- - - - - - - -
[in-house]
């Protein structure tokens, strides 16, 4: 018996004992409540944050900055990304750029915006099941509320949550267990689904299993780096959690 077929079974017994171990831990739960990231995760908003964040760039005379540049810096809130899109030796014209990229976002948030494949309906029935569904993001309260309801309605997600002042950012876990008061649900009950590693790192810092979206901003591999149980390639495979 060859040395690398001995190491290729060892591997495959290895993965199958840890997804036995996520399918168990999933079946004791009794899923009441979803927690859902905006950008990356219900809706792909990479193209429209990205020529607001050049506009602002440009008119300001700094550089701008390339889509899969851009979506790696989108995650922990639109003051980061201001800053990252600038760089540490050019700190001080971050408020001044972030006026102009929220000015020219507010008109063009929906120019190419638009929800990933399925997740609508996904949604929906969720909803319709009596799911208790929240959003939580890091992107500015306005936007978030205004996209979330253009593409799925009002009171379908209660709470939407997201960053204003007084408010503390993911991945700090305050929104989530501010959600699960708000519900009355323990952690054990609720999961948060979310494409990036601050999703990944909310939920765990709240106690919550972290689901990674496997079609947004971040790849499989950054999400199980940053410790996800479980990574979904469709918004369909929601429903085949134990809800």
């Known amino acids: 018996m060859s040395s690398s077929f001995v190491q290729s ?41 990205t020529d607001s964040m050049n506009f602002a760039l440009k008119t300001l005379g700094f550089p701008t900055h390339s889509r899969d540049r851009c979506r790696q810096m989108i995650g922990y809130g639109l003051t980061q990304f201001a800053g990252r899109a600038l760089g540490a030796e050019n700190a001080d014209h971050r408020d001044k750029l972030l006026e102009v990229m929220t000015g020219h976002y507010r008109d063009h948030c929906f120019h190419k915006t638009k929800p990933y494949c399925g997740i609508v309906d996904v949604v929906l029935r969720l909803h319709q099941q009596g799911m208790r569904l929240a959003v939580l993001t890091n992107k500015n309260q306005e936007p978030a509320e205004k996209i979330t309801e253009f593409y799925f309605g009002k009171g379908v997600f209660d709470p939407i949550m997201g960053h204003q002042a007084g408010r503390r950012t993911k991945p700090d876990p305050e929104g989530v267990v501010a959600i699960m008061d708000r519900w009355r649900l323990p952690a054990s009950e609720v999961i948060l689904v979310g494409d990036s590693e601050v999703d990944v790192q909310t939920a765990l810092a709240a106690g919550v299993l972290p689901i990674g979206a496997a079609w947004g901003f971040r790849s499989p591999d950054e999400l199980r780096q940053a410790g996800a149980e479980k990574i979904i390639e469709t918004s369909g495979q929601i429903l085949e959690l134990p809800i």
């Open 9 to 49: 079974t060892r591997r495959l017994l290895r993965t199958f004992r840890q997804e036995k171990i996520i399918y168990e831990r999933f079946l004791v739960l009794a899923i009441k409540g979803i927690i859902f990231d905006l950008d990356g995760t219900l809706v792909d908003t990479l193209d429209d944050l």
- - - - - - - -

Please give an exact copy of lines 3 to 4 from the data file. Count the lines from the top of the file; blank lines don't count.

């Known amino acids: 018996m060859s040395s690398s077929f001995v190491q290729s ?41 990205t020529d607001s964040m050049n506009f602002a760039l440009k008119t300001l005379g700094f550089p701008t900055h390339s889509r899969d540049r851009c979506r790696q810096m989108i995650g922990y809130g639109l003051t980061q990304f201001a800053g990252r899109a600038l760089g540490a030796e050019n700190a001080d014209h971050r408020d001044k750029l972030l006026e102009v990229m929220t000015g020219h976002y507010r008109d063009h948030c929906f120019h190419k915006t638009k929800p990933y494949c399925g997740i609508v309906d996904v949604v929906l029935r969720l909803h319709q099941q009596g799911m208790r569904l929240a959003v939580l993001t890091n992107k500015n309260q306005e936007p978030a509320e205004k996209i979330t309801e253009f593409y799925f309605g009002k009171g379908v997600f209660d709470p939407i949550m997201g960053h204003q002042a007084g408010r503390r950012t993911k991945p700090d876990p305050e929104g989530v267990v501010a959600i699960m008061d708000r519900w009355r649900l323990p952690a054990s009950e609720v999961i948060l689904v979310g494409d990036s590693e601050v999703d990944v790192q909310t939920a765990l810092a709240a106690g919550v299993l972290p689901i990674g979206a496997a079609w947004g901003f971040r790849s499989p591999d950054e999400l199980r780096q940053a410790g996800a149980e479980k990574i979904i390639e469709t918004s369909g495979q929601i429903l085949e959690l134990p809800i």
């Open 9 to 49: 079974t060892r591997r495959l017994l290895r993965t199958f004992r840890q997804e036995k171990i996520i399918y168990e831990r999933f079946l004791v739960l009794a899923i009441k409540g979803i927690i859902f990231d905006l950008d990356g995760t219900l809706v792909d908003t990479l193209d429209d944050l």